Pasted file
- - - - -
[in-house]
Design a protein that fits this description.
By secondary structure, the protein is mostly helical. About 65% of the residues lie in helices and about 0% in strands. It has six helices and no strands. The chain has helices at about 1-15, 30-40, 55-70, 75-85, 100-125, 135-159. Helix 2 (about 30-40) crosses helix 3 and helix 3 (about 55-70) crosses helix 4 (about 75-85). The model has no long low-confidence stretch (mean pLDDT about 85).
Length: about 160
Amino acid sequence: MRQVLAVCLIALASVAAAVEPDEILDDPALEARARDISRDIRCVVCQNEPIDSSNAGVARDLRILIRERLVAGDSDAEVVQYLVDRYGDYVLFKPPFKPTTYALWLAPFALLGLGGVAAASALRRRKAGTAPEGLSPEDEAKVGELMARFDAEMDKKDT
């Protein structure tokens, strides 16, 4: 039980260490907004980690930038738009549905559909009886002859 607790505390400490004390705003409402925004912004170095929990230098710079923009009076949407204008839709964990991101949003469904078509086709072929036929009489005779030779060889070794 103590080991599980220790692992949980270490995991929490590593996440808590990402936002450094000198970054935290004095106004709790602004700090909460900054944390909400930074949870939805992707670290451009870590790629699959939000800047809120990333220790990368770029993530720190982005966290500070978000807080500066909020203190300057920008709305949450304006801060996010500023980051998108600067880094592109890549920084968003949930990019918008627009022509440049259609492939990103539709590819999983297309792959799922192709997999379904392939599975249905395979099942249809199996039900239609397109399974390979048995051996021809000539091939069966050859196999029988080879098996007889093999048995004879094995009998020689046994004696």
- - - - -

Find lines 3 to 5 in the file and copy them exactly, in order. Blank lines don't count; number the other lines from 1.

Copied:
By secondary structure, the protein is mostly helical. About 65% of the residues lie in helices and about 0% in strands. It has six helices and no strands. The chain has helices at about 1-15, 30-40, 55-70, 75-85, 100-125, 135-159. Helix 2 (about 30-40) crosses helix 3 and helix 3 (about 55-70) crosses helix 4 (about 75-85). The model has no long low-confidence stretch (mean pLDDT about 85).
Length: about 160
Amino acid sequence: MRQVLAVCLIALASVAAAVEPDEILDDPALEARARDISRDIRCVVCQNEPIDSSNAGVARDLRILIRERLVAGDSDAEVVQYLVDRYGDYVLFKPPFKPTTYALWLAPFALLGLGGVAAASALRRRKAGTAPEGLSPEDEAKVGELMARFDAEMDKKDT